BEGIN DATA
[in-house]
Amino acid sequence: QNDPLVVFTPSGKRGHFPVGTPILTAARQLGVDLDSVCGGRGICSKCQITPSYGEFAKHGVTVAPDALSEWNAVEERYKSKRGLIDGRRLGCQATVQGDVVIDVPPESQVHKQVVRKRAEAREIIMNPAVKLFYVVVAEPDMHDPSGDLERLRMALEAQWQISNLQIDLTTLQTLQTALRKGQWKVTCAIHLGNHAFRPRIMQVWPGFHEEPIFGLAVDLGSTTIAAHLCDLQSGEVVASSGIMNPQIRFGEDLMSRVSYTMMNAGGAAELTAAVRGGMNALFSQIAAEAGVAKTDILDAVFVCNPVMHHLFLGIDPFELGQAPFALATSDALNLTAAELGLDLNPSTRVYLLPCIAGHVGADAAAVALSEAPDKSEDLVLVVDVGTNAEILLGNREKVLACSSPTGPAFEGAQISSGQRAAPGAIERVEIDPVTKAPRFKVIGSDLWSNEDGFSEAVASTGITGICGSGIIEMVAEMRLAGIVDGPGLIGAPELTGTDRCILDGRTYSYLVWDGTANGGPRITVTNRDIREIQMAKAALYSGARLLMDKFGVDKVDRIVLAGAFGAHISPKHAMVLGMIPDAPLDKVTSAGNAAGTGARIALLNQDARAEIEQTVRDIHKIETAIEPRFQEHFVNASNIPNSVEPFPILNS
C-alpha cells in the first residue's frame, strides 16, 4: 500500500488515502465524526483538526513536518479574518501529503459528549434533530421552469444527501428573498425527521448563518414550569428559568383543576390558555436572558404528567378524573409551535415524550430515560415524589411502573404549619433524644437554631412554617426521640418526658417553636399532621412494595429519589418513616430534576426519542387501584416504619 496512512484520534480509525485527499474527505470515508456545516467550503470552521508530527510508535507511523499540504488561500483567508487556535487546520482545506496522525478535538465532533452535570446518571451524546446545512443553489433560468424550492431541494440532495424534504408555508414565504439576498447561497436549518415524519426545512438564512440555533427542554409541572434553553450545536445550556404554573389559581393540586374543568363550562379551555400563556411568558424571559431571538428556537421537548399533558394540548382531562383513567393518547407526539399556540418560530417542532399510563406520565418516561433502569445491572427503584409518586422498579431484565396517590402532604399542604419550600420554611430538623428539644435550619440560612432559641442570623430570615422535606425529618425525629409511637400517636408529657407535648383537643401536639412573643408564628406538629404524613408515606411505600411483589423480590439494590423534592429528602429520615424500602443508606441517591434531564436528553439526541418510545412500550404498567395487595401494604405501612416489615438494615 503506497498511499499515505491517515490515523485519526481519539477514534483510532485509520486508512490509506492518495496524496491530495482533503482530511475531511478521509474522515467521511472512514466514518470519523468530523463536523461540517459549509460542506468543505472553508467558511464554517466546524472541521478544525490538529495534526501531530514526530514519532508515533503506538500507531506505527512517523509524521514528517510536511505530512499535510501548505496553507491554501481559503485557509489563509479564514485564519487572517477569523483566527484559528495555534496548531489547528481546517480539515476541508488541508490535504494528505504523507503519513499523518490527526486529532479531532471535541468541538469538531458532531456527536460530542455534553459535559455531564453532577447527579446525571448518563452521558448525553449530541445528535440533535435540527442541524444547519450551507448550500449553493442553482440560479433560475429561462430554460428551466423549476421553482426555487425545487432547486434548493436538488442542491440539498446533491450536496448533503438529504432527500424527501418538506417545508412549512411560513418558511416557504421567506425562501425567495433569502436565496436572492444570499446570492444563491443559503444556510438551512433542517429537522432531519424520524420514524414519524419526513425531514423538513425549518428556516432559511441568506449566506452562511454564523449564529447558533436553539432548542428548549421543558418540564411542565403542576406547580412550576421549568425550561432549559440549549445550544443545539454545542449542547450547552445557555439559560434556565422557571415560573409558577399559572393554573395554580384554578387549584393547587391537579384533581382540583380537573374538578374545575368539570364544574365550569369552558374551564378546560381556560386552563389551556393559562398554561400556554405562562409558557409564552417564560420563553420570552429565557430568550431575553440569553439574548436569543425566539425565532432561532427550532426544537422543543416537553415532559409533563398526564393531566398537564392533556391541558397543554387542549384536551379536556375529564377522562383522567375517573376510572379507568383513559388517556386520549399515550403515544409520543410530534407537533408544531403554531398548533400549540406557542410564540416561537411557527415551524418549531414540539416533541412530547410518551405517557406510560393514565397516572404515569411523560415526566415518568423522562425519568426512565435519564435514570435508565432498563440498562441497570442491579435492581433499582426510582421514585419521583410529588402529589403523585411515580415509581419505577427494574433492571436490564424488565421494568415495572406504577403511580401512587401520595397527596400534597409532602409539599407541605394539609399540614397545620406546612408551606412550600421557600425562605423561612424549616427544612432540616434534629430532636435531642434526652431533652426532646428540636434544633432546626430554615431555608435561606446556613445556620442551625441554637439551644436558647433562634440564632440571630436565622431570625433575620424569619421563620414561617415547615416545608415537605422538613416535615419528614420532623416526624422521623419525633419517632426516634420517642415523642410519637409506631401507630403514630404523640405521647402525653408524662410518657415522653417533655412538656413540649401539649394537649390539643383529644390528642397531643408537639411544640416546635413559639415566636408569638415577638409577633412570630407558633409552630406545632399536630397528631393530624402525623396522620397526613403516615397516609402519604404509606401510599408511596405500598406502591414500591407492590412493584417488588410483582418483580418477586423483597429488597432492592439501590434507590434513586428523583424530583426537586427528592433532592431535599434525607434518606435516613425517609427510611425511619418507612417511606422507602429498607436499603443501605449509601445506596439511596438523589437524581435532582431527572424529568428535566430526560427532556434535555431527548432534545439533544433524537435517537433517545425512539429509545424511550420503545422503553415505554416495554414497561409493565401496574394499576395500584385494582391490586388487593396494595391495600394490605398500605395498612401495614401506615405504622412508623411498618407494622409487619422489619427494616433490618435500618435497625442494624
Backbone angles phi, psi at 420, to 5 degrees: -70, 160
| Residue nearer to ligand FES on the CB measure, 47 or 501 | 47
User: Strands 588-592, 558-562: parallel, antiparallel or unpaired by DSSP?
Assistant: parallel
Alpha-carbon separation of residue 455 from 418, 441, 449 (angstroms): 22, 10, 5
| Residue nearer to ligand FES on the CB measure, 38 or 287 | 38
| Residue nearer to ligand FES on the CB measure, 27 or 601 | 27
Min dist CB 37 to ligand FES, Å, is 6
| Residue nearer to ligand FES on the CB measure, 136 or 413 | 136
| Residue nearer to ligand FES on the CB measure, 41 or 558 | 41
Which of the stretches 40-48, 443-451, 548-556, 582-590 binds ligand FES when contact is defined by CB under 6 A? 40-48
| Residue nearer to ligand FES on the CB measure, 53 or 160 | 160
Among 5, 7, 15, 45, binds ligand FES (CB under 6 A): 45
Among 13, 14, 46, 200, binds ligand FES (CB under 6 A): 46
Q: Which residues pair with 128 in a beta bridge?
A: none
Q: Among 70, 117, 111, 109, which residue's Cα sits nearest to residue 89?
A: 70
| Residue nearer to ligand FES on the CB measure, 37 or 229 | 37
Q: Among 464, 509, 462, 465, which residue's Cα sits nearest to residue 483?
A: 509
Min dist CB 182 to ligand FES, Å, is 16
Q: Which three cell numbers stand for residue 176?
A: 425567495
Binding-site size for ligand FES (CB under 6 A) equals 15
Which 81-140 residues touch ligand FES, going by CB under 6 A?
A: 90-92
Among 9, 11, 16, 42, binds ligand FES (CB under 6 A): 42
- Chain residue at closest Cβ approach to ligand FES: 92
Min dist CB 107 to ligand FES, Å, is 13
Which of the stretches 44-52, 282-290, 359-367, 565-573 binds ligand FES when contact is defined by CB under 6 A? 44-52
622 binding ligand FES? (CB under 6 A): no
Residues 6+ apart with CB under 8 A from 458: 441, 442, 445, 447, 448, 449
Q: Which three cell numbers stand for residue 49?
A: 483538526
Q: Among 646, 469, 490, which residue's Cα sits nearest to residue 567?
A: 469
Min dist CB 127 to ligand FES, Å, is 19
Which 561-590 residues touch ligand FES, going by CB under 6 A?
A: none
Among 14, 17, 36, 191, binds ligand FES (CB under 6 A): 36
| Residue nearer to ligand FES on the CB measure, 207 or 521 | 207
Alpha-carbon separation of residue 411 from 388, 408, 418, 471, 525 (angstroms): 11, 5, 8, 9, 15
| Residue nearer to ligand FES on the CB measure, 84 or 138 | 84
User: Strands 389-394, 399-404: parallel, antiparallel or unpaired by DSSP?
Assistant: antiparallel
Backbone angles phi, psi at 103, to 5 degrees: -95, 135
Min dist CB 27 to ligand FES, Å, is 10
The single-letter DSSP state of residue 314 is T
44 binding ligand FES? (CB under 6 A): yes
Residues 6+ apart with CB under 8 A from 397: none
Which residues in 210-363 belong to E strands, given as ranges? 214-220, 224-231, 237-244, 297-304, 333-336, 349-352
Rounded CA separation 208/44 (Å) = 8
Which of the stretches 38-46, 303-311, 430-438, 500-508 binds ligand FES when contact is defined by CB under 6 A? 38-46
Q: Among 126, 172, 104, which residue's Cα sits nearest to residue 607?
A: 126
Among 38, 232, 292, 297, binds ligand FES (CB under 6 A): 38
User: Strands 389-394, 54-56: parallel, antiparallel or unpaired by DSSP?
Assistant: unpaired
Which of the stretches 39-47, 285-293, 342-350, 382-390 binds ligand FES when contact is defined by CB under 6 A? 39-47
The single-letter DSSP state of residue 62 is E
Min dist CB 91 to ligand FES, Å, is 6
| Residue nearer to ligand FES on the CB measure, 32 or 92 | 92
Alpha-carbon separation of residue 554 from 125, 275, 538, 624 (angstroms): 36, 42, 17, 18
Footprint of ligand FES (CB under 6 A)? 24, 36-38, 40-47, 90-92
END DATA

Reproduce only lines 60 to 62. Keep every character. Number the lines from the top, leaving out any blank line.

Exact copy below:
Among 38, 232, 292, 297, binds ligand FES (CB under 6 A): 38
User: Strands 389-394, 54-56: parallel, antiparallel or unpaired by DSSP?
Assistant: unpaired